NASA scrubbed the Monday Artemis launch because of fuel leaks.
SLS has a stress crack.
UPDATE:NASA says the problem was due to an “engine bleed” issue. One of the four main engines could not be properly chilled ahead of its ignition.
If they do not have to send the SLS rocket back to the Vehicle Assembly building, then they have to fix and make it work for launch before September 5. Emptying the tanks to try to fix and then trying again would happen September 2nd at the earliest.
Hydrogen fuel leaks impacted NASA’s countdown test in April, resulting in numerous repairs. Another test in June had more success, but still experienced some leakage.
Monday, was the first full reloading of cryo fuel.
This will likely mean sending the rocket back for more repairs. This would mean October or later for the next try.
If the first Artemis test launch is successful it would send the Orion capsule with three dummies around the Moon. Astronauts would ride in the second flight and soar around the moon. The hope is to perform the second launch in 2024. A two-person lunar landing could happen by the end of 2025.
Thirteen secondary payloads will also come to the Moon on Artemis I. The payloads include small satellites that will study the lunar surface, measure magnetic fields in space, and assess the impact of space radiation. These satellites will launch in Orion’s stage adapter. Another four payloads will fly on Artemis I inside the Orion crew module, including a vest that could help astronauts avoid harmful space radiation in future deep space missions.
This mission is crewed and tests Orion’s life support systems with four astronauts aboard. Artemis II will demonstrate critical functions including mission planning, system performance, crew interfaces, and navigation and guidance beyond low Earth orbit. After launching, SLS will orbit the Earth twice, firing its engines to build up the speed to push it to the Moon. Artemis II will be a lunar flyby. It will not land on the lunar surface.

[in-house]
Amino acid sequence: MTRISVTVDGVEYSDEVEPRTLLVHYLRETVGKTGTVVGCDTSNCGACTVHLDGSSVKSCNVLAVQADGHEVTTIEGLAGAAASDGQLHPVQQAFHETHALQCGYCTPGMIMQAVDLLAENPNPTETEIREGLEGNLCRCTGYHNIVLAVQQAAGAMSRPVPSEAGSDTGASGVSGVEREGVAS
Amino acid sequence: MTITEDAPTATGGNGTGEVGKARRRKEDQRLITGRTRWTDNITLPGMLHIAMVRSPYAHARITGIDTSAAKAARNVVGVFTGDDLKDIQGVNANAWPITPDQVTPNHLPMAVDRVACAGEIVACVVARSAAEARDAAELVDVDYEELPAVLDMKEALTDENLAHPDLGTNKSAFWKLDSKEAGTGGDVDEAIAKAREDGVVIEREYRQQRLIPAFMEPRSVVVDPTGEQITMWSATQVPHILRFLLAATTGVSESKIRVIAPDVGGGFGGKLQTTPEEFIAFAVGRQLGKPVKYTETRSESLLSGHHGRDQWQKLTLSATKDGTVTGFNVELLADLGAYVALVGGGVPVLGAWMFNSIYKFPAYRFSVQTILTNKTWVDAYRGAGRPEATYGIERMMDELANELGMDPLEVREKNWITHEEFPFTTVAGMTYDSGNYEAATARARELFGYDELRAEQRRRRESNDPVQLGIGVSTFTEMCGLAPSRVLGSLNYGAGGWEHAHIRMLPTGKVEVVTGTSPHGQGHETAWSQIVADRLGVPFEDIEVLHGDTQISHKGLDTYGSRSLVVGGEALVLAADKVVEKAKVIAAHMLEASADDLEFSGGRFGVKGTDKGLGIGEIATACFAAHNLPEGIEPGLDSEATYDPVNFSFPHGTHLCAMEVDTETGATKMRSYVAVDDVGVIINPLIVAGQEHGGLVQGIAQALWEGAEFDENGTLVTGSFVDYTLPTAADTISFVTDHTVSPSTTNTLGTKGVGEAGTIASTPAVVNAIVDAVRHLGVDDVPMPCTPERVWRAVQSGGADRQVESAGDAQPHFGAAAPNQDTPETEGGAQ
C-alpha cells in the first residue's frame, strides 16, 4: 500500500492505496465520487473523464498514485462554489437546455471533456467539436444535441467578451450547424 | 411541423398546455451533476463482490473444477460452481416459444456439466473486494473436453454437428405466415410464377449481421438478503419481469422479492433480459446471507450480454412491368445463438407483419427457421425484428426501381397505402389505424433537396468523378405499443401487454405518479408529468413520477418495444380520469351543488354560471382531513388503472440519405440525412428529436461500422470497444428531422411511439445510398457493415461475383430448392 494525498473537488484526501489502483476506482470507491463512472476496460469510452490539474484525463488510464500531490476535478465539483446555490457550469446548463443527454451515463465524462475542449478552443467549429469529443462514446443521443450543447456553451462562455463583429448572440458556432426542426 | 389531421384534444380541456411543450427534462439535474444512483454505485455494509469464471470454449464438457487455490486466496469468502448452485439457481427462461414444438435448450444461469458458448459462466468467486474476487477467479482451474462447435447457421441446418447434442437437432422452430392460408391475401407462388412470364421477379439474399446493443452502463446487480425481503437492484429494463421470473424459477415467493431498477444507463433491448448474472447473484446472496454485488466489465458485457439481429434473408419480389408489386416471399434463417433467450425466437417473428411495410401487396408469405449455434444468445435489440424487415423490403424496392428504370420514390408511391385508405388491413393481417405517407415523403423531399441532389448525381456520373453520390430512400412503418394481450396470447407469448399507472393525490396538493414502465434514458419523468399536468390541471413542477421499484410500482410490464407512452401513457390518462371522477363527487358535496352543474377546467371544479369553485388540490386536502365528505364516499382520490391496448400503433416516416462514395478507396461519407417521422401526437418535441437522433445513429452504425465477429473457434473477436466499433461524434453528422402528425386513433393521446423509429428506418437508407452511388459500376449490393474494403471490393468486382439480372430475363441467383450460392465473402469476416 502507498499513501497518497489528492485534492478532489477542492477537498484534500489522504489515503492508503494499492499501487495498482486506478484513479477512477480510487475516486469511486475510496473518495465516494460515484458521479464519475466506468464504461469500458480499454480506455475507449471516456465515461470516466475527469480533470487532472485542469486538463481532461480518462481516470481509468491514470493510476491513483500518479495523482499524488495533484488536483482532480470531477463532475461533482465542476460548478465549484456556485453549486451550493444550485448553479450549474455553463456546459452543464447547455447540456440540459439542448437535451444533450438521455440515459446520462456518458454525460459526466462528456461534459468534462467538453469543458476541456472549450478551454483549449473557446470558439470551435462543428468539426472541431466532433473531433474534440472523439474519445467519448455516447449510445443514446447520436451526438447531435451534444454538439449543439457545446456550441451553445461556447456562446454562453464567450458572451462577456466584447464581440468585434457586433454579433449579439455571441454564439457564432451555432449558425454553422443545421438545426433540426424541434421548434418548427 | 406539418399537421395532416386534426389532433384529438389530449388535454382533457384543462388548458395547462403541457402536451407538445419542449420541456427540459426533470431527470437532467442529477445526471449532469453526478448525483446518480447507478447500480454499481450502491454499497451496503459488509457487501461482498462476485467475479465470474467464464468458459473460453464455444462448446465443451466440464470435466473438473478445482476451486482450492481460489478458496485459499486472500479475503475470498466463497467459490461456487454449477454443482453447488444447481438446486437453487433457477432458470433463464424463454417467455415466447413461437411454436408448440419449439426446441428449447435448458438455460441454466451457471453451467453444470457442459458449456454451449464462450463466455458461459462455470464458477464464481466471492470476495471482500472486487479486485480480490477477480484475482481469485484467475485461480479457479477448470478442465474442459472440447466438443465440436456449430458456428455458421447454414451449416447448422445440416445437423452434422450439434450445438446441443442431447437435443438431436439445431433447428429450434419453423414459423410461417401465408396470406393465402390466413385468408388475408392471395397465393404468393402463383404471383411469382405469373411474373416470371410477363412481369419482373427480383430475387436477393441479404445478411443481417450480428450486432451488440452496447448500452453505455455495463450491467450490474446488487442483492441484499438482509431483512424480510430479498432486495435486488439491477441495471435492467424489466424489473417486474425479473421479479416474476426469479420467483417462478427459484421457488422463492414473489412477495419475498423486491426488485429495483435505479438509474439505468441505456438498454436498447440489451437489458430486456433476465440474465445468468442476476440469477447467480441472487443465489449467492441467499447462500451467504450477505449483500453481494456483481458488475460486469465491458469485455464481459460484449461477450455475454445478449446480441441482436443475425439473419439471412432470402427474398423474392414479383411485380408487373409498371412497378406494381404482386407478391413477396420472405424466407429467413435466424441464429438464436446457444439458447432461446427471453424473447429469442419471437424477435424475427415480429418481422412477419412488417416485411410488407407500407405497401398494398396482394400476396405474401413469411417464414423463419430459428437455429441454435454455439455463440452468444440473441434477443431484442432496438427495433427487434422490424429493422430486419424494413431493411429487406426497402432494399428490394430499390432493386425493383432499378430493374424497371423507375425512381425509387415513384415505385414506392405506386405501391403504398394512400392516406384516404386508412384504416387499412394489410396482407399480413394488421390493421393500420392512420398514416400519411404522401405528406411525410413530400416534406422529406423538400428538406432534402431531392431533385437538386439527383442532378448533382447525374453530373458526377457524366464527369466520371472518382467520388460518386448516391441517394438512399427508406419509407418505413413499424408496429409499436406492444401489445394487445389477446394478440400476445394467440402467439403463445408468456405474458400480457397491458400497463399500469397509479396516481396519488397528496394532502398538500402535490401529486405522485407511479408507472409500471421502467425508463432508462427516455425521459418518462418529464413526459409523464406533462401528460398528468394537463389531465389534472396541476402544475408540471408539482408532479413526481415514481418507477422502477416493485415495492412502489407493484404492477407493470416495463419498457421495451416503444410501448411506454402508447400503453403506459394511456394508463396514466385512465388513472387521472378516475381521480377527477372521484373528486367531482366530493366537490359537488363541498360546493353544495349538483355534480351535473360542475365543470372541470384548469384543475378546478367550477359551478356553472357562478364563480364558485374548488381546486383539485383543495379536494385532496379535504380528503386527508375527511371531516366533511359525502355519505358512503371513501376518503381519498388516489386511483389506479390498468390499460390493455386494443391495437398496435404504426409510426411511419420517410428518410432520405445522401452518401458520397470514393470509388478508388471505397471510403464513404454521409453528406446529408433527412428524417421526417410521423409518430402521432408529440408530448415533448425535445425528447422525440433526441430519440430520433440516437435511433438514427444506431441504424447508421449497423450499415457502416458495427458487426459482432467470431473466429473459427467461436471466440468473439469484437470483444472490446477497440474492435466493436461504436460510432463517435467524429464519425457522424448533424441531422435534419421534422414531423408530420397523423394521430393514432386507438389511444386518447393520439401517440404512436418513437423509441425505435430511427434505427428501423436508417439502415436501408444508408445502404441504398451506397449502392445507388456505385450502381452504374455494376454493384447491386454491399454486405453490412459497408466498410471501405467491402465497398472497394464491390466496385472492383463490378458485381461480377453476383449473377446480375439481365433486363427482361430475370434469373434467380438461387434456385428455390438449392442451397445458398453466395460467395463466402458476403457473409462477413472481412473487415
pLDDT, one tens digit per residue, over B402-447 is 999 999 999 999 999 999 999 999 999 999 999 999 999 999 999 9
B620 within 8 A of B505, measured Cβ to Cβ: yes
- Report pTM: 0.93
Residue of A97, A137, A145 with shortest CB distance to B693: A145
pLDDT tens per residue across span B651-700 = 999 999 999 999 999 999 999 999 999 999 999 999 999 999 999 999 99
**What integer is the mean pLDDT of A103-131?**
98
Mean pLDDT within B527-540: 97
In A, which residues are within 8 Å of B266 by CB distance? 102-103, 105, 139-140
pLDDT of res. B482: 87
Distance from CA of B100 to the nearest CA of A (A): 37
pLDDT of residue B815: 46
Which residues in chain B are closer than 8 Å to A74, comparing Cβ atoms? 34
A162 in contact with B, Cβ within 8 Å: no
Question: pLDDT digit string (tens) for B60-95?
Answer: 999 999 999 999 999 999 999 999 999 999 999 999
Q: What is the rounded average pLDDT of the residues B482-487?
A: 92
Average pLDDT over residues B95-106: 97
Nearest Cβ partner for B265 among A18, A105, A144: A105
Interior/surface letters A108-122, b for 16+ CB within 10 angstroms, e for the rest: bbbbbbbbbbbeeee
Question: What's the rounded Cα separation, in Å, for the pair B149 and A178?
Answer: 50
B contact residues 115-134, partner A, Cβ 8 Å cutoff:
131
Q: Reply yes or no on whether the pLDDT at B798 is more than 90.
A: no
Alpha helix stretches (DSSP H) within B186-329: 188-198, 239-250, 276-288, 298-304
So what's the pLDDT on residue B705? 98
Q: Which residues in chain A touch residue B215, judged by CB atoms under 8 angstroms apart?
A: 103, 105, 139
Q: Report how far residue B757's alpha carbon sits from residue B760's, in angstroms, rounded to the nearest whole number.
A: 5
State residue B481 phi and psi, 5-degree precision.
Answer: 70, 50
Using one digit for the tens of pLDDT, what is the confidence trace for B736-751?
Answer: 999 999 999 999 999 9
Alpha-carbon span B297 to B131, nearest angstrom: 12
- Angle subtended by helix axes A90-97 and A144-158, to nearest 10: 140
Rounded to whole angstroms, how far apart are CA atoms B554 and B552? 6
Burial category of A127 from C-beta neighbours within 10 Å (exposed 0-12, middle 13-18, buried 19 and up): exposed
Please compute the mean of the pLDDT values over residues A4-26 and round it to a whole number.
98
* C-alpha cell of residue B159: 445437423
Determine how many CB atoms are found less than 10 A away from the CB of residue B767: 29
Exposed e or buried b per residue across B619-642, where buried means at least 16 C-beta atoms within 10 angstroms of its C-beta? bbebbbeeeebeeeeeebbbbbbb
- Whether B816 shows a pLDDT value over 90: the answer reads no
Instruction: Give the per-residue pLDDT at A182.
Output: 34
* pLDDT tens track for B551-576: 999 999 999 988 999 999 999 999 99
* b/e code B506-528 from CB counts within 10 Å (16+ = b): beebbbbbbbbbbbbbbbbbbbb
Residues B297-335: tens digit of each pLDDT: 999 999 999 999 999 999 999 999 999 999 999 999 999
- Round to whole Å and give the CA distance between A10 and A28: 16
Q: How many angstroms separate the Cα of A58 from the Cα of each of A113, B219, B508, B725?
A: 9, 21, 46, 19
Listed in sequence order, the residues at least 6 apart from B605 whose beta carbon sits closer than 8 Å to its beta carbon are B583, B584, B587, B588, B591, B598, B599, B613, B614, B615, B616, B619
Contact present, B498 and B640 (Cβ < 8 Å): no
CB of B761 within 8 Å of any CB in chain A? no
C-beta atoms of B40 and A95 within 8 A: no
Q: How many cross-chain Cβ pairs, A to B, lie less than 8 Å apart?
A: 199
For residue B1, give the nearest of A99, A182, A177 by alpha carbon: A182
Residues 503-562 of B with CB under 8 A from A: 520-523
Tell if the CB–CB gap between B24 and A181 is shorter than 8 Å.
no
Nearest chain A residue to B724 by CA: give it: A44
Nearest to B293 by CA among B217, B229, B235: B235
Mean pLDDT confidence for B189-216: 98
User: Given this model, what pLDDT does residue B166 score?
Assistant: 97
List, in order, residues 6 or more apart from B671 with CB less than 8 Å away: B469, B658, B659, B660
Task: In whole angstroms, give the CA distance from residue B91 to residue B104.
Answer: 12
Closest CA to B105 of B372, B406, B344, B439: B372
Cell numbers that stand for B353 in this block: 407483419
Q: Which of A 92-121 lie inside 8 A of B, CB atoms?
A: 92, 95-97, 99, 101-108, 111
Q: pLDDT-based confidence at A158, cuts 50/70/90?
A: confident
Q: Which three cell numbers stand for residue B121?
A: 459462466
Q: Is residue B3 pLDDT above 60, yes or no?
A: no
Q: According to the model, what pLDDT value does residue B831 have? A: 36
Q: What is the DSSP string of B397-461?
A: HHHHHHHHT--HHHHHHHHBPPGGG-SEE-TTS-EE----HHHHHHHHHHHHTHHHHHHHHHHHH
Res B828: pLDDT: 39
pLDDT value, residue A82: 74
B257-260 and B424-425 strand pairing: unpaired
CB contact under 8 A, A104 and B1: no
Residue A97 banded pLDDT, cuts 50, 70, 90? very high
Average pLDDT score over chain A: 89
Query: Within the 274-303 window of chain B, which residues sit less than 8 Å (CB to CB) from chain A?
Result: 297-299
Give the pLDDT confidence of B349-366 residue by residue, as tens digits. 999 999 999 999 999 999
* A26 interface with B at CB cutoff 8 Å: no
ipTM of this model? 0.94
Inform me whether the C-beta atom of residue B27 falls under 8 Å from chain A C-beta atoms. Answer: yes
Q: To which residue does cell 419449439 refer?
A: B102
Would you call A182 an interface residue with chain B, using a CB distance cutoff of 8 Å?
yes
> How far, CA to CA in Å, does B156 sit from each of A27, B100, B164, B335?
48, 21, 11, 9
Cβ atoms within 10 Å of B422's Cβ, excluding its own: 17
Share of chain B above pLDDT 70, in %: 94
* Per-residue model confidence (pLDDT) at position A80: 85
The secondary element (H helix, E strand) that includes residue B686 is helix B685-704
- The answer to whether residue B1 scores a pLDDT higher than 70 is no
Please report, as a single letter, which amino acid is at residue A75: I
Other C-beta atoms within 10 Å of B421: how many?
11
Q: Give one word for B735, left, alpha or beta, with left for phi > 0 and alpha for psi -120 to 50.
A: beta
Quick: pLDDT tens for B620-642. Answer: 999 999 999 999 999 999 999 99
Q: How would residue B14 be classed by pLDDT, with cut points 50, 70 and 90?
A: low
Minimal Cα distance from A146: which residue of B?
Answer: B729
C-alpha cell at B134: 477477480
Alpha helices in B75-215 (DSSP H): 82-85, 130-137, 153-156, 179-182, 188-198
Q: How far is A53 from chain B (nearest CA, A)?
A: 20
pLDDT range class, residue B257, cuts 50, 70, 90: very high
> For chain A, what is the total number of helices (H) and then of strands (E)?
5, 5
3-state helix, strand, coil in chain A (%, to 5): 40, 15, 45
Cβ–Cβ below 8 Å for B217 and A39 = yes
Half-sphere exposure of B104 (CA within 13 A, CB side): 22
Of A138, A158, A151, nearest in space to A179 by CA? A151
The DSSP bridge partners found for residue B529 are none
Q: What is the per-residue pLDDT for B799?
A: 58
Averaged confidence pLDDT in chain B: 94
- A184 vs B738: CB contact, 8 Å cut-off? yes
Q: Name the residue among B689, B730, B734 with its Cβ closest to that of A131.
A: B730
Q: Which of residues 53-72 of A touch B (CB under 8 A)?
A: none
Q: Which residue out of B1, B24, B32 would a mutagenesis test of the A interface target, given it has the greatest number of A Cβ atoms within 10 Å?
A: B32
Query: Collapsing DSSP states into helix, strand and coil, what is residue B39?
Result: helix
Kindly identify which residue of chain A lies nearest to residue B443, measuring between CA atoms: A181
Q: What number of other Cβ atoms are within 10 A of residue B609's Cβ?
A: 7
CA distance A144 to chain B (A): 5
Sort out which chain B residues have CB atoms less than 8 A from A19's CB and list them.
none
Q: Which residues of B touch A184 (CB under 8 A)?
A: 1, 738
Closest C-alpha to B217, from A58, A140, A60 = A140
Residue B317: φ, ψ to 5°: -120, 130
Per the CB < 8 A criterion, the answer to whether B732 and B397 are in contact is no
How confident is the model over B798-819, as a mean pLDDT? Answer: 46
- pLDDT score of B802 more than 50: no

Artemis II mission would last about 21 days.
Artemis III is the second crewed mission of the program, and the first to land astronauts on the Moon. The crew will visit the Moon’s south pole to search for water, study its surface, test technologies, and learn to work on a world outside Earth.
After a multi-phase design effort, on 16 April 2021, NASA selected SpaceX to develop Starship HLS and deliver it to the Gateway orbit prior to arrival of the crew for use on the Artemis 3 mission. The delivery requires that Starship HLS be refueled in low Earth orbit (LEO) before boosting the NRHO, and this refueling requires a prepositioned propellant depot in LEO that is filled by multiple tanker flights. Two astronauts will transfer from Orion to Starship HLS, which will descend to the lunar surface and sustain them for several days before returning them to Orion.
SOURCES – NASA, SpaceX
Written by Brian Wang, Nextbigfuture.com
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